The word “directory” causes most search engine marketers to shudder, and for good reason. Most traditional directories, like old-school article directories, are gimmicks used to fool Google and boost page rank—and they’ve been all but eliminated in the modern era. However, there are a small number of highly focused niche directories you can leverage as part of your strategy. The more specific the focus of the directory, the better—you need your links to fit smoothly into the context of these directories, or else you’ll be hurting your authority instead of helping it. Don’t rely on these sources too much, but they can be useful as a complementary or occasional strategy. Like with blog comments, you need to take steps to ensure your links are both relevant and valuable to the community.
Testimonials and Reviews
Another easy source for building backlinks over the long term comes in the form of testimonials and reviews. Any site that offers a product or service would love to get a new review or testimonial from a customer that they can post—and you can take advantage of this. Record a video review or write a testimonial about a product or service you actually use in your business. Then, submit it to the site in question and ask them to post it alongside a link pointing back to your site. When done sparingly and across a wide variety of different sites, this is an excellent strategy to build your links and authority without worrying about getting penalized by Google.
Google frowns upon links that are posted with the intention of building authority. Therefore, the best way to build credible long-lasting links that point back to your site is to let your readership build those links for you. Shareable content is the best way to do that.
Shareable content is any form of content—words, images, videos—that strikes a chord with a small group of users, who then feel inspired to share that content with their own readers. Their readers have a high likelihood of sharing it with their readers, and before you know it, your content has spread throughout the web. It’s easier said than done, but it is possible if you focus on creating content with the key qualities of “shareability”: high quality, surprising, valuable, and funny.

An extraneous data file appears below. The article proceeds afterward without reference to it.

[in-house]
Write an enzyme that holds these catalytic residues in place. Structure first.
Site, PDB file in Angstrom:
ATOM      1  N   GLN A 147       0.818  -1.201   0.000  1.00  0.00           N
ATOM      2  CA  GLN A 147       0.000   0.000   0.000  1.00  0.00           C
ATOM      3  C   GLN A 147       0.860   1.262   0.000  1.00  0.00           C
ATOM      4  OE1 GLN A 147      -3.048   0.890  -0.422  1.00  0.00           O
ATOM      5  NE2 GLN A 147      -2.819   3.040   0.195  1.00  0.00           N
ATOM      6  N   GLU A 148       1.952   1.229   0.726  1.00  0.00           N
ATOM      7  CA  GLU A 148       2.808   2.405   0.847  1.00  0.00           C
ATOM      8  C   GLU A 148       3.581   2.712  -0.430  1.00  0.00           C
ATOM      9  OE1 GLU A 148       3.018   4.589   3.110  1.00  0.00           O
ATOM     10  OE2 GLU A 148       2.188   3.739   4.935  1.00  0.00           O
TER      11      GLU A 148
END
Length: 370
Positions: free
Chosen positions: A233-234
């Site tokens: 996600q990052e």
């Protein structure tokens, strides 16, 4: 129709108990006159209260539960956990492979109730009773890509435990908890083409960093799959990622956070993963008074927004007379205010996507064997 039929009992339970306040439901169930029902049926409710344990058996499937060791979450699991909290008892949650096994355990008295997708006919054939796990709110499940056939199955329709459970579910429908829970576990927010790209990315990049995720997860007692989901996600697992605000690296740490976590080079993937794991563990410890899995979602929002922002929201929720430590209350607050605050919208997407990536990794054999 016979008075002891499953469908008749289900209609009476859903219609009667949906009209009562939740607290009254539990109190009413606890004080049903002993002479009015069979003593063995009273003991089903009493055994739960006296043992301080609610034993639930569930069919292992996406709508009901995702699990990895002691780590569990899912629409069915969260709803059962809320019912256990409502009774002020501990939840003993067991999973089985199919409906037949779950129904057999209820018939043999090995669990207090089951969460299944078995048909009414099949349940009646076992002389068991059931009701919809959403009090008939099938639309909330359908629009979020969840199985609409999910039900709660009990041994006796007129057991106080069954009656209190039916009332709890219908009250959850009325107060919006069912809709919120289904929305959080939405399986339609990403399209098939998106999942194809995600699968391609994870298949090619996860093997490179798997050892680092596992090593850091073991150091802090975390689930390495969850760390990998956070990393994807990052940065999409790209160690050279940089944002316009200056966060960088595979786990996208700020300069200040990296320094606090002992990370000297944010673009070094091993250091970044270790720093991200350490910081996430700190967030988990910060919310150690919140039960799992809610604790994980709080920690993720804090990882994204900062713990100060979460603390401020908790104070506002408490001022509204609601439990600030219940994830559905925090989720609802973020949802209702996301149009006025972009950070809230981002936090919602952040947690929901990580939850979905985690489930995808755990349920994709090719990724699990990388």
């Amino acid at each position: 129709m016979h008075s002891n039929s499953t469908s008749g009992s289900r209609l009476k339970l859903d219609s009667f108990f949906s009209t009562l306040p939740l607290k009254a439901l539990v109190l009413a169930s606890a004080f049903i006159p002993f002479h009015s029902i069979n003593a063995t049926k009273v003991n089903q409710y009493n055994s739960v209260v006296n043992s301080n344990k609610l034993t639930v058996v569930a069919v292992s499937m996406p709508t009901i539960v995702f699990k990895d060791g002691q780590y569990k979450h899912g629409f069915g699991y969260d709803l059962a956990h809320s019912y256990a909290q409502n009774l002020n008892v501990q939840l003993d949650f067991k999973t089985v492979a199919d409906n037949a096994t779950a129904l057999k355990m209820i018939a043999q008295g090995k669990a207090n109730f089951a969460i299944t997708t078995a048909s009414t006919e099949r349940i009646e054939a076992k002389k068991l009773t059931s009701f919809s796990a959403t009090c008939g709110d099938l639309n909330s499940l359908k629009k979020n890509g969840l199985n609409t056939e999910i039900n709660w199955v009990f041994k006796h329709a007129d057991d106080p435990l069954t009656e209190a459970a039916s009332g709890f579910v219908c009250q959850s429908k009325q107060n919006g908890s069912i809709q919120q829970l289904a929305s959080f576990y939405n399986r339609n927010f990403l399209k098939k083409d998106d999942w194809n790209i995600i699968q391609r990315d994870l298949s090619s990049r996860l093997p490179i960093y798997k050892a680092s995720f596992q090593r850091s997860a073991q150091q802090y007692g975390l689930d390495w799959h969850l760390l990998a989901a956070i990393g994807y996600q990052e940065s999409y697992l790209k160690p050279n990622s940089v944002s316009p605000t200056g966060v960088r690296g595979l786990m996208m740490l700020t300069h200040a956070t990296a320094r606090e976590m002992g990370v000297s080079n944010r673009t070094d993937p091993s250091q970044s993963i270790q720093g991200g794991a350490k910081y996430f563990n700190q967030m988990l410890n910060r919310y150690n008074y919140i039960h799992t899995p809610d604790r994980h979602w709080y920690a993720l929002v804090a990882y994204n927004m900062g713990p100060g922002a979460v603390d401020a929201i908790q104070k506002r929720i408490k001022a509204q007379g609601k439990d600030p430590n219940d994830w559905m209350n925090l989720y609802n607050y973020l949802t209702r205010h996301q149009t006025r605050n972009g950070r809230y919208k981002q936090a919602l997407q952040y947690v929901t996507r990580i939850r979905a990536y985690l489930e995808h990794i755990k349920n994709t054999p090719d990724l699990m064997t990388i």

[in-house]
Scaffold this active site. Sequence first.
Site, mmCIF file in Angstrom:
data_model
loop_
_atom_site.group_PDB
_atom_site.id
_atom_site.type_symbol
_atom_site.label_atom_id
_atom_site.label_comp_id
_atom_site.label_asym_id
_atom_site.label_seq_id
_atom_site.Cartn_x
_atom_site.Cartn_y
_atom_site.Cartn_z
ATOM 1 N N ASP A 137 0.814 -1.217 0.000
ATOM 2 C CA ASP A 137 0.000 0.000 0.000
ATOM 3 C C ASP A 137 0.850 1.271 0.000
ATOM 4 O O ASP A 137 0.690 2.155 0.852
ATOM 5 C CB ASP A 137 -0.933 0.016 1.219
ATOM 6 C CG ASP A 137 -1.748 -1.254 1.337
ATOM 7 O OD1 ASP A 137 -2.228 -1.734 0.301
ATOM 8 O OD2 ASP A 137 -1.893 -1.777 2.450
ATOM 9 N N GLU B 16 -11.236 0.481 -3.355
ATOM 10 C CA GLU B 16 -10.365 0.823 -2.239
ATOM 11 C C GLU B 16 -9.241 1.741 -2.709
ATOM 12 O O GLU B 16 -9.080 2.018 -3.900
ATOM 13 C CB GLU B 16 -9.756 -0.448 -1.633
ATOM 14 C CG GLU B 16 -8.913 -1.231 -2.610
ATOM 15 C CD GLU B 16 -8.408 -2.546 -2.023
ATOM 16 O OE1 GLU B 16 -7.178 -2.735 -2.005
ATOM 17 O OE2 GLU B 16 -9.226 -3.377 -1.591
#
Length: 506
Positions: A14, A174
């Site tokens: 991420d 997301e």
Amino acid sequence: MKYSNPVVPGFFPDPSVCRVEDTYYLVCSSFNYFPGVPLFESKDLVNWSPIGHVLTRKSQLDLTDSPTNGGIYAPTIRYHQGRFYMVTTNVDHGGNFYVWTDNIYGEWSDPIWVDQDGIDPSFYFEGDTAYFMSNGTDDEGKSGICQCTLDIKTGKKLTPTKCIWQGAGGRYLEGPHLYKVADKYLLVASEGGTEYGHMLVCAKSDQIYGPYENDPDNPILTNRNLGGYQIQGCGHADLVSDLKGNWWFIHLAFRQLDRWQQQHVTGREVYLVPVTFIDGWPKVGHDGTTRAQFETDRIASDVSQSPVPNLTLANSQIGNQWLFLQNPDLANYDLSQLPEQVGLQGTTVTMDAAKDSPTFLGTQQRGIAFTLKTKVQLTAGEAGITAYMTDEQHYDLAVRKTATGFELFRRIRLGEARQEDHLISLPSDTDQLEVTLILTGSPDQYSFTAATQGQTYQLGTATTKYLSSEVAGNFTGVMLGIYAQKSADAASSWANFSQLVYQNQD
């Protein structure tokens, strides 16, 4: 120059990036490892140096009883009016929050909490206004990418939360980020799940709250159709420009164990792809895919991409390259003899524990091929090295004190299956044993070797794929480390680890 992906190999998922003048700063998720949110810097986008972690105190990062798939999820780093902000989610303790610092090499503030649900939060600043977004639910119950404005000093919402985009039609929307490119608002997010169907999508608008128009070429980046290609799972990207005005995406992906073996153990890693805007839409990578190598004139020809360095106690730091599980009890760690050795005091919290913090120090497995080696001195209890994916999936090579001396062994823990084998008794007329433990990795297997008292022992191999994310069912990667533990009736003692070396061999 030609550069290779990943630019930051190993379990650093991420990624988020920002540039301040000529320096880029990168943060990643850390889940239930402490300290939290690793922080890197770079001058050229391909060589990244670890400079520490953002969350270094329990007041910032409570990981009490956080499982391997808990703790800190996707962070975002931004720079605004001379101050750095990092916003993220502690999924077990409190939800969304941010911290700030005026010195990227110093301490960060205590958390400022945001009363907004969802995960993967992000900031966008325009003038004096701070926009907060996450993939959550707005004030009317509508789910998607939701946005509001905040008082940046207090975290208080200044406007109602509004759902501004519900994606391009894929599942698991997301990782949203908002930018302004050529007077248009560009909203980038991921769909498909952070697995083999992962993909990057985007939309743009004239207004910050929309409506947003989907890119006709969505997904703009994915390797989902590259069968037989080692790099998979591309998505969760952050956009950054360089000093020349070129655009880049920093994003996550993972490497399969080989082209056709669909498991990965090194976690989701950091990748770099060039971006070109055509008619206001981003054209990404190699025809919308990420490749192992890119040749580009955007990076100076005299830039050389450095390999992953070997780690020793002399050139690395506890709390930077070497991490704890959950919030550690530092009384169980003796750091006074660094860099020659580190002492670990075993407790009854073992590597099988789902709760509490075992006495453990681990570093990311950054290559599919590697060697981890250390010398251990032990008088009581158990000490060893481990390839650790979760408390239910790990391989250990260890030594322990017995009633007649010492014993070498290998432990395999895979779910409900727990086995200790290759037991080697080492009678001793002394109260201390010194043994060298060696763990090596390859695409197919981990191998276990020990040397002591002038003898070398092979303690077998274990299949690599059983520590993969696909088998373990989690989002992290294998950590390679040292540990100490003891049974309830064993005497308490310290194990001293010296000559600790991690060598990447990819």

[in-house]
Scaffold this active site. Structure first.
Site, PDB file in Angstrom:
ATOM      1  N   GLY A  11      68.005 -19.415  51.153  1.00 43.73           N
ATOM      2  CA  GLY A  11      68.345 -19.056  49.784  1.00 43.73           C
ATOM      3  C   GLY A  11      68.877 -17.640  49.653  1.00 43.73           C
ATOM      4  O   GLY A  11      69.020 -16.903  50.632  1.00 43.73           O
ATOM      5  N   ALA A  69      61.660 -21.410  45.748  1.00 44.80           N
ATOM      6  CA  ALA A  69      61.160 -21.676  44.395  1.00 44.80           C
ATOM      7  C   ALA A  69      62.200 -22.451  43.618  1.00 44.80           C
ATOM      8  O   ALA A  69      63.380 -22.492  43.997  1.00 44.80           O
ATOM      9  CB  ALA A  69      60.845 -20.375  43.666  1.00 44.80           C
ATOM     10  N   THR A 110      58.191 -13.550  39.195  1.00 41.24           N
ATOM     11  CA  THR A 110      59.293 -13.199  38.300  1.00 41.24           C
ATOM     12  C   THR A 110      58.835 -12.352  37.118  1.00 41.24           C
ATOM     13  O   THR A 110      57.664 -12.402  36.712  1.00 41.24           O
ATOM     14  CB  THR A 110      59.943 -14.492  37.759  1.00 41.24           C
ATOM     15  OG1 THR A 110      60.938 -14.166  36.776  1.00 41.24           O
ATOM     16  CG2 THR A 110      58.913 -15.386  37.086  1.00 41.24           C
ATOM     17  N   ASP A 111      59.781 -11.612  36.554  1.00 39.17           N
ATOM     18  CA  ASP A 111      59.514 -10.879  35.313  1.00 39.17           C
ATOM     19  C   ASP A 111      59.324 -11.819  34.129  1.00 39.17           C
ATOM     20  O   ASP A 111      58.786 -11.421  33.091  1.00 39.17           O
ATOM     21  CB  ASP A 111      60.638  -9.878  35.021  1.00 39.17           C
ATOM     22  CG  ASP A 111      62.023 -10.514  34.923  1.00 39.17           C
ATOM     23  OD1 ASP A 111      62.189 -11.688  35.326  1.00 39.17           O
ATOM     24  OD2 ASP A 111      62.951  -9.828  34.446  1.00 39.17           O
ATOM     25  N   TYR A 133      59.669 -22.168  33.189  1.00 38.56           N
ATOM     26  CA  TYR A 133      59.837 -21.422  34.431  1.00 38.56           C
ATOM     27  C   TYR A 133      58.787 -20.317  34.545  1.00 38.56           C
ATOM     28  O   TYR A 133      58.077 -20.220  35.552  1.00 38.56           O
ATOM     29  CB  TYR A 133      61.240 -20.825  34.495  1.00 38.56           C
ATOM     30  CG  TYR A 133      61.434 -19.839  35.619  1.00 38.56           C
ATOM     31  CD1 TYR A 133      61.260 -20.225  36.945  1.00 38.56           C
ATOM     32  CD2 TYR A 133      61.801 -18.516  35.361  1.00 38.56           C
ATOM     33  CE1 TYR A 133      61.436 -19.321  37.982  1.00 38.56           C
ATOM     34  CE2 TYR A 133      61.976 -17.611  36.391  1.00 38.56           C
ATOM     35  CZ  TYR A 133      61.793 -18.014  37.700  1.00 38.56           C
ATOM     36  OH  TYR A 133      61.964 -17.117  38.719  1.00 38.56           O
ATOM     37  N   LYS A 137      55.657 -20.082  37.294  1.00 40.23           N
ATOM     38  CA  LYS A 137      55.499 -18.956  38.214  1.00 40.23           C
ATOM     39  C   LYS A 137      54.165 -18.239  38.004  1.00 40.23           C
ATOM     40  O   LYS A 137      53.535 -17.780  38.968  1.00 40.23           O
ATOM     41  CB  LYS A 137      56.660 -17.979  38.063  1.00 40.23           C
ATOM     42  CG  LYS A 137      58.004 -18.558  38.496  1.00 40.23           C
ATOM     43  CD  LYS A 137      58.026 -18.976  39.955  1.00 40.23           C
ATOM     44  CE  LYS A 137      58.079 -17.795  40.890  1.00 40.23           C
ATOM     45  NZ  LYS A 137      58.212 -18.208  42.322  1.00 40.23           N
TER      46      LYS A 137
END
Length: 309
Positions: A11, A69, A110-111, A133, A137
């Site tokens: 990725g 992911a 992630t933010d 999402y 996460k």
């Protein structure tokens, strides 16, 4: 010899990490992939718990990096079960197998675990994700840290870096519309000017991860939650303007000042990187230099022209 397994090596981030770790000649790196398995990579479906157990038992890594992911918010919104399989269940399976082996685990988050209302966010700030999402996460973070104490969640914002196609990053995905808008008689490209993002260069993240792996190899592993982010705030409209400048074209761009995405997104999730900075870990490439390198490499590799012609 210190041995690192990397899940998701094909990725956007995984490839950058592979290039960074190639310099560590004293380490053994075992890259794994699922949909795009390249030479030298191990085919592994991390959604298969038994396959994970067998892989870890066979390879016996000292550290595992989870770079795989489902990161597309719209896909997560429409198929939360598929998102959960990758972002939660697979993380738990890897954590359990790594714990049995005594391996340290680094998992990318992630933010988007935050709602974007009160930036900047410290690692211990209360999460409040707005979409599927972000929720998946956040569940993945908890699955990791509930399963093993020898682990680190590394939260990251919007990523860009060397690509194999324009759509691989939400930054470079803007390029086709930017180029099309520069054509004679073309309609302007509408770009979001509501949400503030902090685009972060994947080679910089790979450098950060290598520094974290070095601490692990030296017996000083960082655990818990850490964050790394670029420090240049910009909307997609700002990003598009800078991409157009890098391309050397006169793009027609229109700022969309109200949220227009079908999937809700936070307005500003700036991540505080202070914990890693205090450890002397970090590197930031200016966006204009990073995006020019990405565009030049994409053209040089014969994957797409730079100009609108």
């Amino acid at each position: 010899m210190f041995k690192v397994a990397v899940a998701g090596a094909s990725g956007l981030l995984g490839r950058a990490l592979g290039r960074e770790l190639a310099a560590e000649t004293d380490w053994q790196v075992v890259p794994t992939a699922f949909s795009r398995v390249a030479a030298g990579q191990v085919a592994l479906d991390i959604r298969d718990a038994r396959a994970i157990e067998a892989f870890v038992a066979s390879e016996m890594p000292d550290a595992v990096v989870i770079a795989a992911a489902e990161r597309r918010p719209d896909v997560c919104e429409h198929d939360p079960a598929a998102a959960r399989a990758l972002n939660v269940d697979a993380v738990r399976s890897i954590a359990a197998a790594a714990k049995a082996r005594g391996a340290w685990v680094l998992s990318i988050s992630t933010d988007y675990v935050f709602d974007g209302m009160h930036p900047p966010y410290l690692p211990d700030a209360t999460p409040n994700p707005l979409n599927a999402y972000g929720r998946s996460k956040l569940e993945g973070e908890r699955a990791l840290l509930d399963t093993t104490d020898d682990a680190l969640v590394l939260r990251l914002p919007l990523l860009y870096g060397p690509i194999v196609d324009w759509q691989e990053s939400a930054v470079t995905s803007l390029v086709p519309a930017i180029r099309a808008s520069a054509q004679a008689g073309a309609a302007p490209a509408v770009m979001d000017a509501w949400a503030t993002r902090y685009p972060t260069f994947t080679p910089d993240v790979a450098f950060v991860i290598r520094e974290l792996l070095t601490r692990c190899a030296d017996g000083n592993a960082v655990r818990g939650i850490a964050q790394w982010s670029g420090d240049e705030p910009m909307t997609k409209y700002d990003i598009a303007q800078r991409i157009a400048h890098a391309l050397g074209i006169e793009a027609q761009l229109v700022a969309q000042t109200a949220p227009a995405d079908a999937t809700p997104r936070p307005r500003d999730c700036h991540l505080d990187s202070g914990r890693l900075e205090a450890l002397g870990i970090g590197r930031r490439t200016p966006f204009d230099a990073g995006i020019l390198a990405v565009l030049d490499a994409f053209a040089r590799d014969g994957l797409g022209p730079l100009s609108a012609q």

Shareable content is especially valuable as a long-term link building strategy because everybody who shares it will post a link back to your site (or at least give you a brand mention). If you can create an infographic that a thousand people want to share, you’ve instantly generated a thousand new backlinks—and all of them are 100 percent natural, which means Google loves them and they’re safe for any long-term strategy.
Your long-term link building campaign requires a routine, but don’t let the term fool you: too much consistency can be considered spam. Don’t post the same link on the same source on the same day, but do create a repeatable series of tasks. For example, instead of posting a link on a specific forum every Monday, set regular reminders and then determine your source and link from a rotating pool of contenders, or from a random number generator. Executing a long-term link building strategy means committing to regular work but balancing that regularity with a diversity of sources.
Successful link building isn’t something that happens overnight. Anybody claiming they’re able to quickly boost your ranks with a plethora of backlinks is lying. Instead, the keys to a worthwhile long-term link building strategy are patience, regularity, and diversity. The more you enrich your campaign with natural opportunities for others to link to you—such as with shareable content—the better positioned you will be for long-term penalty-free gains in site authority and page rank.